Secondly, the order of seniority as recommended by the collegium is important and crucial for the independence of the judiciary. The collegium may consider a judge more suitable than others in the all-India seniority list of judges of high courts, despite his or her being a junior in that list. The collegium may consider such a judge of outstanding merit, and thereby consider that his or her tenure in the Supreme Court, with the possibility of succession as the CJI, in the interest of the institution.

As the convention of appointing the senior-most puisne judge of the Supreme Court as the CJI, in the event of a vacancy occurring due to the retirement or resignation of the incumbent, continues, it is easy to predict who will be the CJI for the next six or seven years. Justice Joseph cannot hope to be appointed as the CJI, in view of his impending retirement on June 16, 2023. Justice D.Y. Chandrachud, who is likely to succeed Justice U.U. Lalit on November 8, 2022, will have a tenure of nearly two years till his retirement.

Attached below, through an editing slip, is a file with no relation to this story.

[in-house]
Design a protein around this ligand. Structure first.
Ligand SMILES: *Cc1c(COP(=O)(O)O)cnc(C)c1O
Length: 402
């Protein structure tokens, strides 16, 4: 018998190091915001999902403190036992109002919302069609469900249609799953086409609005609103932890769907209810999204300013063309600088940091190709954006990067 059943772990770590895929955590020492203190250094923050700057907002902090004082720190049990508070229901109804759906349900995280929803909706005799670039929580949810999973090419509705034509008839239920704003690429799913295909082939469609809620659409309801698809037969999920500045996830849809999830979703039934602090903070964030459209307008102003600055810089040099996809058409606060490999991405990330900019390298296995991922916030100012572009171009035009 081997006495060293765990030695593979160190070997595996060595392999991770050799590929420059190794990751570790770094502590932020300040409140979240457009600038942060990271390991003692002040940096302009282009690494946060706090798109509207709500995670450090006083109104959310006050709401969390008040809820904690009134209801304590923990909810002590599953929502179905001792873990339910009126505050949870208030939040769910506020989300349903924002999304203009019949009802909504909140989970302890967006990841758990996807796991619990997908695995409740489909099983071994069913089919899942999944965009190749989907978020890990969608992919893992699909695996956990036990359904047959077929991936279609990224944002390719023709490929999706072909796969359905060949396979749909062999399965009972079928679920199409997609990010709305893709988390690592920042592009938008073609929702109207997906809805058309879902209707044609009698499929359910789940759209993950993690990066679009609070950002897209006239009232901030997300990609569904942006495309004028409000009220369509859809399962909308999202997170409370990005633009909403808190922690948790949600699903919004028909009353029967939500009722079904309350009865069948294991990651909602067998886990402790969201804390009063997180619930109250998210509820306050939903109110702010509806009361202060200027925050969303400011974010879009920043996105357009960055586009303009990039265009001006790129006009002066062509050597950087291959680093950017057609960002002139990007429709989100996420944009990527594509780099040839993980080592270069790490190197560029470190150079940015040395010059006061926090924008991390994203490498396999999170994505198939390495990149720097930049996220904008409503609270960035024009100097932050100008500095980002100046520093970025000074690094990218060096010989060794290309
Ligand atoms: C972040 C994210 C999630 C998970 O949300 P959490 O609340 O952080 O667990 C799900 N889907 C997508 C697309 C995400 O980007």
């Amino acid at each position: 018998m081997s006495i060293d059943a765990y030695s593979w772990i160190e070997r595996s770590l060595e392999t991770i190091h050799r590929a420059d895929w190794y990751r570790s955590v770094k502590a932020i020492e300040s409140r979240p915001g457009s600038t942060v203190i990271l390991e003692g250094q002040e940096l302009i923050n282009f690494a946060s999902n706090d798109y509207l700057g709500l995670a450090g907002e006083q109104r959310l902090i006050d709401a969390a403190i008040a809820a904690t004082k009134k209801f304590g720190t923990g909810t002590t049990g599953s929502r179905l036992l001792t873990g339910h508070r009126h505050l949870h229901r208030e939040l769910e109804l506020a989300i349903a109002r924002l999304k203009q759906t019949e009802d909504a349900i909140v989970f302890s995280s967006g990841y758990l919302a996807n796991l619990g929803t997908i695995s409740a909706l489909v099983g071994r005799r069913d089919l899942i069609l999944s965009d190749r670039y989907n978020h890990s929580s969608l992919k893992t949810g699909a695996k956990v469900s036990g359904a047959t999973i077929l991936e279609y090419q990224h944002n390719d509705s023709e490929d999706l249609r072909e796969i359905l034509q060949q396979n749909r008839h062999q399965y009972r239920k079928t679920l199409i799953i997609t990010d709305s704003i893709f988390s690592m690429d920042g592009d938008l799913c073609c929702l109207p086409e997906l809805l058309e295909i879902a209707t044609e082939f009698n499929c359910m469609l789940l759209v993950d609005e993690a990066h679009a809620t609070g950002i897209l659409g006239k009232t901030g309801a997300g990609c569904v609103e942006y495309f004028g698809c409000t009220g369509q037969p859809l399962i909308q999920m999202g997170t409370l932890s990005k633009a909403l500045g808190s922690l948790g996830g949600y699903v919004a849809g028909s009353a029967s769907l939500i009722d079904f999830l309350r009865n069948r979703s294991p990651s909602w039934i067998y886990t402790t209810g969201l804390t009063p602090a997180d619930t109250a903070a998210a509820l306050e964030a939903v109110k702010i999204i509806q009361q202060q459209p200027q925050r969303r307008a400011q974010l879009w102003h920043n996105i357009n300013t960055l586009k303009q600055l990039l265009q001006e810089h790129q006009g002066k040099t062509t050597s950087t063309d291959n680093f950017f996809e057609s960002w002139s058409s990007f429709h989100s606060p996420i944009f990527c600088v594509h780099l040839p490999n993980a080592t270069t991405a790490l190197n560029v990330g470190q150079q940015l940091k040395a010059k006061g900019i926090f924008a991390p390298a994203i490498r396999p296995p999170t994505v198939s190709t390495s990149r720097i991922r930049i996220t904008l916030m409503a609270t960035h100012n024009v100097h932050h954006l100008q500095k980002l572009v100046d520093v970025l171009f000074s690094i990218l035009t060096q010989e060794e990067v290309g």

Yet, the non-appointment of Justice Joseph in the order of seniority as recommended by the collegium is a matter of serious concern. It sets a bad precedent and may be cited as a valid one to follow by a future governments to deny a judge his or her seniority, and thereby deprive them the opportunity of becoming the CJI, enter the collegium or preside over benches.

What, then, are the options before the Supreme Court?